In Kodiak, Alaska, power of attorney is an arrangement in which one person (the principal) gives another (the attorney-in-fact) the capacity to act on the principal's behalf in certain situations, and under certain conditions. Power of attorney might be authorized for any number of reasons, but it is most often set up to allow the attorney-in-fact to make financial and medical decisions on the principal's behalf in the event that the principal becomes incapacitated.
The principal in a power-of-attorney arrangement is the one who decides the scope of the power that the attorney will be able to wield, and the circumstances under which they can wield it. Generally, you can grant the attorney-in-fact as much or as little decision-making power as you'd like. In every case, however, you should only enter a power-of-attorney arrangement with somebody you trust. The nature of the power you should grant depends heavily on the context, and what your wishes are.
For instance, if you have very particular desires for your end-of-life care, but are worried that you won't be able to express your wishes when the time comes, you can grant someone power of attorney in advance, so they'll be able to ensure that your wishes are carried out, if necessary. You should draft an agreement giving the attorney-in-fact power of attorney only in the event that you actually become incapacitated. Presumably, if you are able to make and express your own medical decisions, you'll want to do it yourself.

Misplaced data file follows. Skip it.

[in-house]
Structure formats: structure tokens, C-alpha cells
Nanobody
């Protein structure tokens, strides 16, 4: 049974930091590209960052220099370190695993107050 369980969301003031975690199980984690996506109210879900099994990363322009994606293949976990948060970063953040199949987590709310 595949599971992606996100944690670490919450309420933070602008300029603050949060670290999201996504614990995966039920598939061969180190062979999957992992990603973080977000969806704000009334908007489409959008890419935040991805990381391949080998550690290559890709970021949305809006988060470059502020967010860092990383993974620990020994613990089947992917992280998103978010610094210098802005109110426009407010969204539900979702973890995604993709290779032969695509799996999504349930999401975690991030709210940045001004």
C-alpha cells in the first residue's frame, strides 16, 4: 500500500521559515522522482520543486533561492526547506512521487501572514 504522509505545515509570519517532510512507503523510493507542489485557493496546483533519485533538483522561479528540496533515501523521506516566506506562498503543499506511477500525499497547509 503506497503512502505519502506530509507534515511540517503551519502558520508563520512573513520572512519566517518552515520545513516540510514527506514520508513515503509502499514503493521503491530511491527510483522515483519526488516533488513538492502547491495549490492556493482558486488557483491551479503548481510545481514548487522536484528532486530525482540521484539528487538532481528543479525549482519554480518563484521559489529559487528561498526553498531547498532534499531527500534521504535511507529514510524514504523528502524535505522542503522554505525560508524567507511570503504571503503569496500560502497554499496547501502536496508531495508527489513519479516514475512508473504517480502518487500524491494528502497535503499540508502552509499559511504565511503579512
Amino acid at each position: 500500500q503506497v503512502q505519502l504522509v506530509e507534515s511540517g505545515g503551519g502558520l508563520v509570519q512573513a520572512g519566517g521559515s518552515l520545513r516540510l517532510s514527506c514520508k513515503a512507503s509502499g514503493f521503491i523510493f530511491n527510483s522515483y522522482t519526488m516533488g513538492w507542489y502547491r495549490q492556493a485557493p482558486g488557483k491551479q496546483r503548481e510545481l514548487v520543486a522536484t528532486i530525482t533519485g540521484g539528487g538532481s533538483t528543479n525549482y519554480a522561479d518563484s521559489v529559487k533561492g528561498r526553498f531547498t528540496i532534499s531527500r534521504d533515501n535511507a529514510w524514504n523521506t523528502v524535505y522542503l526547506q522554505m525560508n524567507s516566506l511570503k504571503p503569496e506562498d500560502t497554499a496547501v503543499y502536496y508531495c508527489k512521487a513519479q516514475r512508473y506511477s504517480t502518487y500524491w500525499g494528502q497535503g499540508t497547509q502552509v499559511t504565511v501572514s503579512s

Generally, you can find forms in Kodiak, Alaska that let you quickly draft a power of attorney document. However, if a large amount of money is at stake, or you wish to grant very particular and limited powers, you should probably consult with a lawyer beforehand.
Types of Power of Attorney Arrangements in Kodiak, Alaska
In Kodiak, Alaska, power of attorney can take three basic forms. They are as follows:
1. Limited power of attorney - this lets the attorney-in-fact exercise limited authority in a single transaction. It is useful, for instance, if someone is buying property in another state, and the deal is nearly complete, but a few documents need to be signed. The buyer could give a resident of that state power of attorney, allowing him or her to complete the transaction on the buyer's behalf. Conveniently, the power automatically terminates when the transaction is complete.
2. Durable power of attorney - this lets an attorney-in-fact make decisions in a certain, defined area of the principal's affairs. Durable power of attorney doesn't automatically disappear, and can last indefinitely, or until the principal revokes it. This can be very useful, because it allows the attorney-in-fact to make essential decisions for the principal, but allows the principal to revoke the power if they regain the capacity to make their own decisions.
3. Springing power of attorney - springing power of attorney is much like durable power of attorney, with one key difference: the power only takes effect upon the happening of a certain event. The principal is free to set whatever conditions they like in this arrangement, no matter how outlandish. Of course, in most cases, the setup is much more practical. A common arrangement allows a close friend or family member to make certain decisions for someone else, but only if that person becomes unable to make them himself.
Can a Kodiak, Alaska Lawyer Help?
While setting up power of attorney in Kodiak, Alaska can be simple, there are some situations in which it will inevitably be convoluted. In such cases, the process will be much easier if you have a reputable attorney to help you along the way.